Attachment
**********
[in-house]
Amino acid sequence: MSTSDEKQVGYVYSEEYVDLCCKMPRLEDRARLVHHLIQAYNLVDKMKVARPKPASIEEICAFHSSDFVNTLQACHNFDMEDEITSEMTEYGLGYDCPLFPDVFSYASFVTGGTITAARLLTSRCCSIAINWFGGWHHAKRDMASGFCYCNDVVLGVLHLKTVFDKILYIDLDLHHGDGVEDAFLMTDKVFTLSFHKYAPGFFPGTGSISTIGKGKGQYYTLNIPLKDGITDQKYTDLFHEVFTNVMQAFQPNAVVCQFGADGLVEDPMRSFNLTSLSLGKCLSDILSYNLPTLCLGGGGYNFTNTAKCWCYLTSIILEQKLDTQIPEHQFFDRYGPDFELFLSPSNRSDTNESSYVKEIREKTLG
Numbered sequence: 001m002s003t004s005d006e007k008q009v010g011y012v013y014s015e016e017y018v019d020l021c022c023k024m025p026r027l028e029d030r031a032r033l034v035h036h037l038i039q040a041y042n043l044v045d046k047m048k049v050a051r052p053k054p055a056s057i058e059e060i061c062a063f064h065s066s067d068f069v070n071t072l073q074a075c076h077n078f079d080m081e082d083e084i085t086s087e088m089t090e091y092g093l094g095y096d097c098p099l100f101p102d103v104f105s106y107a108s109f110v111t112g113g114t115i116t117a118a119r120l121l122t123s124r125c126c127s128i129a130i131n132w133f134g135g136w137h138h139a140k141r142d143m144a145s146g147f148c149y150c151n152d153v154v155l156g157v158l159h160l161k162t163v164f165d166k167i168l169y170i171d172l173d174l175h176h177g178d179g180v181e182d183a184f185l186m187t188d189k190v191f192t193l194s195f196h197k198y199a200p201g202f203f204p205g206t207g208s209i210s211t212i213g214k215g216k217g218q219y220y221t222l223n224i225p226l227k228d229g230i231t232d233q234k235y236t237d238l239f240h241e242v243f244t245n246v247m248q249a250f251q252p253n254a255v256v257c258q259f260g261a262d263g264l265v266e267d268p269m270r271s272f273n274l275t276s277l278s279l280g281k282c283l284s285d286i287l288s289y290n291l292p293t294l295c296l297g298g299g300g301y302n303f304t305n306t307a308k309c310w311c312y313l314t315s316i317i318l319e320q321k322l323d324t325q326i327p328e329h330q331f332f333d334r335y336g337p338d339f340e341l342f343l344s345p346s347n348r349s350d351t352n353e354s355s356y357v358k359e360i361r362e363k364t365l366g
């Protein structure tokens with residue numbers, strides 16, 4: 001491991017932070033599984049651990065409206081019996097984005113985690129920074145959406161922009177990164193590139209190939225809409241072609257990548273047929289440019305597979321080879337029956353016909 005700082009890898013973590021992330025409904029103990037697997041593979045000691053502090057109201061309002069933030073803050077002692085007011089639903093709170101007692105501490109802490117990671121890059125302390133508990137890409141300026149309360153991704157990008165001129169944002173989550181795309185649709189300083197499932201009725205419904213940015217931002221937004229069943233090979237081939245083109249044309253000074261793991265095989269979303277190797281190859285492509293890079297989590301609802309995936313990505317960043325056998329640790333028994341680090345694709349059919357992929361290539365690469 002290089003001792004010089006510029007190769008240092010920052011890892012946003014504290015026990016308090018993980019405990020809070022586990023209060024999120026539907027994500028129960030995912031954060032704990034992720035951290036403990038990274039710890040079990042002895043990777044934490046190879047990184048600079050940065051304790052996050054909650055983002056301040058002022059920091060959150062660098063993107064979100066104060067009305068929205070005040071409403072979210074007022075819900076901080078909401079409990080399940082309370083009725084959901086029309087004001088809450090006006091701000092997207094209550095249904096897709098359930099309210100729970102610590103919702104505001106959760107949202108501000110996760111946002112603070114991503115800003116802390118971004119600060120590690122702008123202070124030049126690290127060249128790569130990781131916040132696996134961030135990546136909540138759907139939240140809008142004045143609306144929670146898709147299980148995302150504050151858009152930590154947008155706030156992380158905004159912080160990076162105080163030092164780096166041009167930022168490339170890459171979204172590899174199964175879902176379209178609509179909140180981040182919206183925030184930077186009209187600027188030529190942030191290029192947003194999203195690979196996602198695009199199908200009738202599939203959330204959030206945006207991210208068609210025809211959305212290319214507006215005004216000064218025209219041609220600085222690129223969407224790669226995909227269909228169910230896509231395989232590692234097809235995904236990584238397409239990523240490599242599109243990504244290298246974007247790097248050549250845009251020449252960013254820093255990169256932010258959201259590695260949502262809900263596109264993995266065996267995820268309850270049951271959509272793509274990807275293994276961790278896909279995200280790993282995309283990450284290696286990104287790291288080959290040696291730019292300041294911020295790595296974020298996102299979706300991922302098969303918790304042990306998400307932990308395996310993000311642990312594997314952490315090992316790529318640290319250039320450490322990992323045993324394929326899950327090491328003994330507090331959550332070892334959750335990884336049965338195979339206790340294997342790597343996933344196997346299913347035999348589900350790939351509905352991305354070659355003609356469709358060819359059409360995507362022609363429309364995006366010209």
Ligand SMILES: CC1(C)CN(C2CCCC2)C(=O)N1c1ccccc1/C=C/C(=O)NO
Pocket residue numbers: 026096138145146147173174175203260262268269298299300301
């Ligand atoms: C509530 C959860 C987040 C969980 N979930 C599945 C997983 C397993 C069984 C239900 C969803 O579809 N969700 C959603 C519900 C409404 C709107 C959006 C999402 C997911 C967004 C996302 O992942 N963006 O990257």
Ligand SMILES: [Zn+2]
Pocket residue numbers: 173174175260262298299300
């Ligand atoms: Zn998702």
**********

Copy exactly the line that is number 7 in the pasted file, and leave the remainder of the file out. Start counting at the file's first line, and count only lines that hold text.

């Ligand atoms: C509530 C959860 C987040 C969980 N979930 C599945 C997983 C397993 C069984 C239900 C969803 O579809 N969700 C959603 C519900 C409404 C709107 C959006 C999402 C997911 C967004 C996302 O992942 N963006 O990257």